A time-based comparison goes against defenders of the rich too. There has been no noticeable acceleration of growth in the US or UK as their governments have gone about pruning the top rates of tax.

"In fact the US economy grew very swiftly in the 1950s and 1960s, when top rates of tax were draconian by current standards," observes Mark Weisbrot, the co-director of the Center for Economic and Policy Research in Washington. Professors Diamond and Saez contend that this is because a lot of what the rich do does little to promote economic growth – a claim that many on the right will dispute. So this leaves the question of how best to tax the rich. Buffett’s tax, which sets a 30 per cent floor under the tax rate of those earning more than $1m, makes for gratifying politics.

Sadly, this type of approach can cause policymakers real headaches (witness the charity tax in the UK) and would raise pocket change in budgetary terms, about $47bn over 10 years, compared with expected federal revenues of $41trn. 

Leak tragedy

There is a way of taxing the rich that will yield far more revenue and be much harder to avoid: plugging leaks in the tax code. "The US tax code is riddled with loopholes that the rich can exploit," says Professor Burman. "And many of these deductions are skewed to benefit the rich."

One example is the mortgage interest tax deduction, which allowed Americans to exclude from their income payments on home loans of up to $1m. This disproportionately benefits the rich. Those in a 35 per cent tax bracket will save $35 for every $100 of mortgage interest. Those in the humbler 15 per cent tax bracket save just $15 per $100 on what is likely a lower interest payment. Scrapping this deduction could raise $80bn a year – 20 times more than the Buffett tax over 10 years. Even capping deductions at a lower rate could garner impressive sums. And other policies benefit the wealthy, including a deduction on state income tax. A bolder move in the US would be to tax investment income at the same rate as income.

"Among the main reasons the rich pay less is the privileged treatment of investment over sweat and toil," says Dr Weisbrot. Equalising the two could yield enough to scrap corporate income tax, which is really a form of double taxation on profits. "The best way to ensure the rich pay more is to simplify the tax code," says Professor Burman. "You can even have lower rates and yet raise more money."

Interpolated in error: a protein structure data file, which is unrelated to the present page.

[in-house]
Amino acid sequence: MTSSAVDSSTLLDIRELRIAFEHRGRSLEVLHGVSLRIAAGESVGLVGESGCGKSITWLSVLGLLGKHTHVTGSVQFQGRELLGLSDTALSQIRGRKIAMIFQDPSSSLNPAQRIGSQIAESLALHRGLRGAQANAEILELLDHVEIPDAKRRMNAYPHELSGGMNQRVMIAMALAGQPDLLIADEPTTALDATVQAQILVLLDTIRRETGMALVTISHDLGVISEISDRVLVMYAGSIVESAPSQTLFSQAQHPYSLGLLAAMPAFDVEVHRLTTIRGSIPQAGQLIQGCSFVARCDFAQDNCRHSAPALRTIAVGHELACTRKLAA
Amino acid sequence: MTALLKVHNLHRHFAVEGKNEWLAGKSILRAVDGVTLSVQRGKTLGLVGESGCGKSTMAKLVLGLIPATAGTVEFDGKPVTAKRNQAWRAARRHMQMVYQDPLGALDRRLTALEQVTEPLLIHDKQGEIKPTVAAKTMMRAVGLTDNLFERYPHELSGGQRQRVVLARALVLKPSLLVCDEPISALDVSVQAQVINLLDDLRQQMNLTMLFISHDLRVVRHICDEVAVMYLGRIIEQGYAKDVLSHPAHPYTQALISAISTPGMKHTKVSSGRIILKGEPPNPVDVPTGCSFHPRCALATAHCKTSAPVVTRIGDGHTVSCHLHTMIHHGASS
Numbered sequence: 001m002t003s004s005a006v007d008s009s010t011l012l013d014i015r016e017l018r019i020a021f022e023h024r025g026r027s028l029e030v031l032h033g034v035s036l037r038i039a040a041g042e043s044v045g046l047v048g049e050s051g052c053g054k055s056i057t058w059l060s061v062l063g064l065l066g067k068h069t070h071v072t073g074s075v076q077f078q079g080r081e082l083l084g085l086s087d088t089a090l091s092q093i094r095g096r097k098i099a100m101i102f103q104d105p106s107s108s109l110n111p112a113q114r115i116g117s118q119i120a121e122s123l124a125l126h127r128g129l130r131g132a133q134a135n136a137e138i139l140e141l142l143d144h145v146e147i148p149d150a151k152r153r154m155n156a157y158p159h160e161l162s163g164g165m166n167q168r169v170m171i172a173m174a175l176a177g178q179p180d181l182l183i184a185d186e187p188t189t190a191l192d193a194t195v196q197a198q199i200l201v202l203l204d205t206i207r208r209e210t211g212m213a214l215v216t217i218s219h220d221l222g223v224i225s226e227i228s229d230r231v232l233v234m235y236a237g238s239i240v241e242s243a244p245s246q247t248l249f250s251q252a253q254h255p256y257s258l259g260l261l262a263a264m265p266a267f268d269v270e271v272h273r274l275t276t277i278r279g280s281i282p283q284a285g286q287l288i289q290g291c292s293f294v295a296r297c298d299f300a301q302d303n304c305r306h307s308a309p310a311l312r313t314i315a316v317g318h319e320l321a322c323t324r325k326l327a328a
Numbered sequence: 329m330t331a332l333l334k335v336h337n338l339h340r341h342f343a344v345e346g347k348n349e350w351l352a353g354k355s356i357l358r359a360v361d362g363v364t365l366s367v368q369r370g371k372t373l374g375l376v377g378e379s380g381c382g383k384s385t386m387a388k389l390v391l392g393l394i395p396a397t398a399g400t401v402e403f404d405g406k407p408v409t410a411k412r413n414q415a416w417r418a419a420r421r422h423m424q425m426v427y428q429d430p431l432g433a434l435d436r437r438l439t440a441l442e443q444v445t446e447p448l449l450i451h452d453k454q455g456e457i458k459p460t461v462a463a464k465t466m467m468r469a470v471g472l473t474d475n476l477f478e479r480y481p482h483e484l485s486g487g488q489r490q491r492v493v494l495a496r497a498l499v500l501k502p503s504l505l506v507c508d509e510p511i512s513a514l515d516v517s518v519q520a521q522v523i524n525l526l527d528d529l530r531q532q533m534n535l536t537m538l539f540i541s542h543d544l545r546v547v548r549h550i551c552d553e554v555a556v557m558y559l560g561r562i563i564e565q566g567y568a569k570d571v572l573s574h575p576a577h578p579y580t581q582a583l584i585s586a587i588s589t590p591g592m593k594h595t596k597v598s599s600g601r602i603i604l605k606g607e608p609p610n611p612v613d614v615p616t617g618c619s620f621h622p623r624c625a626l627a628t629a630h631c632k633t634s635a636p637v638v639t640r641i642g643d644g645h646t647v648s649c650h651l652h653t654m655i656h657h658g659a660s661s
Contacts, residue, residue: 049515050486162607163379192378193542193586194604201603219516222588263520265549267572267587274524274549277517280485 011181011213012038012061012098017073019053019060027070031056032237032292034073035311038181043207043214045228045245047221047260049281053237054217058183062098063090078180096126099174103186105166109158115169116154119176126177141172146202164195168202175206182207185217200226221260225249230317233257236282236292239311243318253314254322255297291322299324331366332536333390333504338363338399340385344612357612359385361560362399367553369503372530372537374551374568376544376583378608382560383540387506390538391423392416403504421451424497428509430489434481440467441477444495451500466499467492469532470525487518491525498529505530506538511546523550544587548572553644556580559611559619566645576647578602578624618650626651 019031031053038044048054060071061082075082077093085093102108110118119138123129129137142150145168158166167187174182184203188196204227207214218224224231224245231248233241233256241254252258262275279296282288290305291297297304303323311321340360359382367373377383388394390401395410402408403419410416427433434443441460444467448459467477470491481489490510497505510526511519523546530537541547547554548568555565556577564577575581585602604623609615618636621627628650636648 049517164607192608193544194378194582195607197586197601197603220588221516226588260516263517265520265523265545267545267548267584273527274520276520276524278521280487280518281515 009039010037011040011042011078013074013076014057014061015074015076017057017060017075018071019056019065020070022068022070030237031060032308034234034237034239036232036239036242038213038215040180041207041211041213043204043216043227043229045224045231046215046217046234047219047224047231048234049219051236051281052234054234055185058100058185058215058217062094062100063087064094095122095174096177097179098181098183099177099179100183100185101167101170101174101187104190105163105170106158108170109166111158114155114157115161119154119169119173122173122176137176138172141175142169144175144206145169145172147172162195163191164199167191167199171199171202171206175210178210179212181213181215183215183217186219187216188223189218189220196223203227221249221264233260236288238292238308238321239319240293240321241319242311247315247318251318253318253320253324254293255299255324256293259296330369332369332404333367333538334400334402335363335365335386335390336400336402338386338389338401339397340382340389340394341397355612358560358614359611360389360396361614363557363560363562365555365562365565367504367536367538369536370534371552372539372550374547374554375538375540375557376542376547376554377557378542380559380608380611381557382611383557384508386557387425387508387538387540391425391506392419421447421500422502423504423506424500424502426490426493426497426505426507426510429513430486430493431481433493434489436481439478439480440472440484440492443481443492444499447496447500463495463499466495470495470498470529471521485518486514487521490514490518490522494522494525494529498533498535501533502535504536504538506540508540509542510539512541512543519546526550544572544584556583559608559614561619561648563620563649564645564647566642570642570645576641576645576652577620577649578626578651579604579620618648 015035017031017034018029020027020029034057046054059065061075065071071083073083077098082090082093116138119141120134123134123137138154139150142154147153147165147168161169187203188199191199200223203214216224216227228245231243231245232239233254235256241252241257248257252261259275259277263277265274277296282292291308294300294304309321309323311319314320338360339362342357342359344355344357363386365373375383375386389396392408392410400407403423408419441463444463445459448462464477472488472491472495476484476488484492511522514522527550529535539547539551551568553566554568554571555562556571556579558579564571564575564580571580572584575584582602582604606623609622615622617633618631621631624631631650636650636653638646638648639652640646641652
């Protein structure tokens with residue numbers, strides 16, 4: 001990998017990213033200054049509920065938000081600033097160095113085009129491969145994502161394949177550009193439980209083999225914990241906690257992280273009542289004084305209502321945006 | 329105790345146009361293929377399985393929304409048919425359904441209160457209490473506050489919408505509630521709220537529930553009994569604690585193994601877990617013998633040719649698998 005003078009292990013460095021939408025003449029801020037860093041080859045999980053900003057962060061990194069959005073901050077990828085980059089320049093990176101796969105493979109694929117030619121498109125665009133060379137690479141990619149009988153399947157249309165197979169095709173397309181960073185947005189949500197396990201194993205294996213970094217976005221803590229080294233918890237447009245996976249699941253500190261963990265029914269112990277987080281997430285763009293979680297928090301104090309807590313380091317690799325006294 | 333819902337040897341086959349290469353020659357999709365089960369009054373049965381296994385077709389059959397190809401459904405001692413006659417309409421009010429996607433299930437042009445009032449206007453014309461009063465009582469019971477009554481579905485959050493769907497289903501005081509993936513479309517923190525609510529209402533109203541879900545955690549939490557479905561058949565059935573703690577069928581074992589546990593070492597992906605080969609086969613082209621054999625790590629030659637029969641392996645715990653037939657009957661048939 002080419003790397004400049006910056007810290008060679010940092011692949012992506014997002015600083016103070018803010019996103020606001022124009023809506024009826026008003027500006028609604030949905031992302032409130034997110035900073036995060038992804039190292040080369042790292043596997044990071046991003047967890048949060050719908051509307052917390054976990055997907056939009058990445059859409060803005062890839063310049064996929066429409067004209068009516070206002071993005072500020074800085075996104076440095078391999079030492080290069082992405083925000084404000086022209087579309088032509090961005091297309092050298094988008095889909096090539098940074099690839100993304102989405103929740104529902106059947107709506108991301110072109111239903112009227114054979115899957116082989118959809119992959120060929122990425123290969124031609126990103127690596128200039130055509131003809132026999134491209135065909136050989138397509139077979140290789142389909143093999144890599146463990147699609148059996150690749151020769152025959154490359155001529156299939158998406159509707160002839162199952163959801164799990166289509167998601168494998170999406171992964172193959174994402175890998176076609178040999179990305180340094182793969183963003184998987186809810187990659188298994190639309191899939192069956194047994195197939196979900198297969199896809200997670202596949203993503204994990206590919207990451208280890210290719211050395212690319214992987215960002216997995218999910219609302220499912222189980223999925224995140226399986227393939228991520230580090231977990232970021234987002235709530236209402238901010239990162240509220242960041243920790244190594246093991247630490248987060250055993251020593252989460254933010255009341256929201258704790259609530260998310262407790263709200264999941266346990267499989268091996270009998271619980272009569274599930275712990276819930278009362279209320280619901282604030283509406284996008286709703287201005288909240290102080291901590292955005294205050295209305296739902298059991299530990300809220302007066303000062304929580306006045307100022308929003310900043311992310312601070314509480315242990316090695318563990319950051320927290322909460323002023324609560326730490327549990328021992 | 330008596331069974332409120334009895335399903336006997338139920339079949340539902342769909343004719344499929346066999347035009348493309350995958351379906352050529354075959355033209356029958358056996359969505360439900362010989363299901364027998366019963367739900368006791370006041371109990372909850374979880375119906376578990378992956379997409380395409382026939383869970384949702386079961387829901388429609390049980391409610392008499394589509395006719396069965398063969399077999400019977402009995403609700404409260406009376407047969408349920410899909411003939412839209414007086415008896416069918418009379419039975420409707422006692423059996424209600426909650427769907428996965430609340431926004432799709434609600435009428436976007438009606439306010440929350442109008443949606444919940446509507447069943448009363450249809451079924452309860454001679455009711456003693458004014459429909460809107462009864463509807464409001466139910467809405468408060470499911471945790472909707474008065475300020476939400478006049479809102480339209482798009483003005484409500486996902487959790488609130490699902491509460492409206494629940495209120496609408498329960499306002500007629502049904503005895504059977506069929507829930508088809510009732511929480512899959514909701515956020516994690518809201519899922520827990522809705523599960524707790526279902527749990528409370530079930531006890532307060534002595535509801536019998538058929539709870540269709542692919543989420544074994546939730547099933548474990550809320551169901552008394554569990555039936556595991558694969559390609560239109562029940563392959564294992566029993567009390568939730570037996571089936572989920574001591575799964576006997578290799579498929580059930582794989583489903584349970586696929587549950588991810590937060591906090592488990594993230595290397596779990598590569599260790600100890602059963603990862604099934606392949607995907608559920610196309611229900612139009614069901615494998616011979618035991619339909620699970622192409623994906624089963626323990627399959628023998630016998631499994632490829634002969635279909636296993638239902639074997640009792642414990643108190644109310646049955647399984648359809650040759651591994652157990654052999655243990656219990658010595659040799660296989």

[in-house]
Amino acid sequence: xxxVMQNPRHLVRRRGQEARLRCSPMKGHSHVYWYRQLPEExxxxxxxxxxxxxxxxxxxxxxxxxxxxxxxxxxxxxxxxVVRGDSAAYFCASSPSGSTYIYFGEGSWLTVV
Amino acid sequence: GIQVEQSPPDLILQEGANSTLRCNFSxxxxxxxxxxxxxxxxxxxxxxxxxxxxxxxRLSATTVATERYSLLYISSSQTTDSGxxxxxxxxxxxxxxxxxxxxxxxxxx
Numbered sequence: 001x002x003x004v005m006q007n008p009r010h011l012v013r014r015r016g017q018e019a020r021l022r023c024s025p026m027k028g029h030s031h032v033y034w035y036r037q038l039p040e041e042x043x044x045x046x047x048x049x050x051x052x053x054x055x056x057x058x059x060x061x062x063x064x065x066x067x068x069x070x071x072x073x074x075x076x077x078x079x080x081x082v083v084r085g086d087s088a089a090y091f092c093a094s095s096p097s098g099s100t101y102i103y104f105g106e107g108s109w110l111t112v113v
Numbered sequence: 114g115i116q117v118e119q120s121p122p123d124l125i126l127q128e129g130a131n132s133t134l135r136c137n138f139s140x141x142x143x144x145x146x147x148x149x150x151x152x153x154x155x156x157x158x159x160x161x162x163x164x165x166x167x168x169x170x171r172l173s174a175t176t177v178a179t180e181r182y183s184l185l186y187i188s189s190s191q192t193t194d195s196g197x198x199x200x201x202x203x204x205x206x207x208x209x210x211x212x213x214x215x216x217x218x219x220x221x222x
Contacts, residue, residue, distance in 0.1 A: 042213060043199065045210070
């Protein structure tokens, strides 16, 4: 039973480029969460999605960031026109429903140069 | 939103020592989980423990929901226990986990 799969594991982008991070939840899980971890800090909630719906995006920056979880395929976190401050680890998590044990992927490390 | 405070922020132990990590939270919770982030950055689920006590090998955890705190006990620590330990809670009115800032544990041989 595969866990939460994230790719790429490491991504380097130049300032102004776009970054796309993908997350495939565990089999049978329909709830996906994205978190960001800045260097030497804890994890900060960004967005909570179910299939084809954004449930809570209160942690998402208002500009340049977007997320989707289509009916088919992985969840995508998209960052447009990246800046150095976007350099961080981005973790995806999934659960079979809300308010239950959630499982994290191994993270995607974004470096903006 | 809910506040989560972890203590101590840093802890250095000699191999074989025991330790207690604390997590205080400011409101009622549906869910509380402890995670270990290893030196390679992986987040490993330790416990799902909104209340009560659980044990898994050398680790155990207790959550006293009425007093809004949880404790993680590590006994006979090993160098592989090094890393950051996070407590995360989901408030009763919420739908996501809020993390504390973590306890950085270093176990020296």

Of course, soaking the rich won’t solve the fiscal problems of Britain or the US. One study by the Tax Policy Center showed that if policymakers tried to rely on top taxpayers alone to bring down the deficit to 3 per cent of GDP, the highest rate would need to rise over 90 per cent.

Few believe this is practical or desirable. Instead the pain will have to be more evenly spread throughout society. But on both sides of the Atlantic there is a compelling case for demanding a bigger contribution from the super rich.

This article originally appeared in Economia.

Photograph: Getty Images

Christopher Alkan

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It's easy to see where Berlin is being rebuilt – just hit the streets

My week, from walking the streets of Berlin to class snobbery and the right kind of gentrification.

Brick by brick, block by block, the people are rebuilding the city once called Faust’s Metropolis. To see it clearly, put your boots on. One of the most bracing walks starts by the Gethsemane Church, which served as a haven for dissenters in the last days of the GDR and takes you down ­towards the Hackescher Markt.

Here, in what is still the eastern half of a divided city that wears its division more lightly, is a Berlin experience both old and new. In three decades of frequent visits, it has been fascinating to note how much this part of town has changed. Even a decade ago these streets were rundown. With crumbling buildings showing bulletholes, it wasn’t hard to imagine what the place looked like in 1945. Now there are lilacs, blues, and yellows. Cafés, bars and restaurants abound, serving the young professionals attracted to the city by cheap rents and a renewed sense of community.

 

Breaking the fourth wall

Looking north along Schliemannstraße, you’ll find a delightful vista of well-tended balconies. It’s a pleasant place to live, notwithstanding the gaggle of grotesques who gather round the corner in the square. On Kastanienallee, which forms the second leg of the walk, an old city feels young. It’s a kind of gentrification but the right kind. There’s more to eat, to drink, to buy, for all.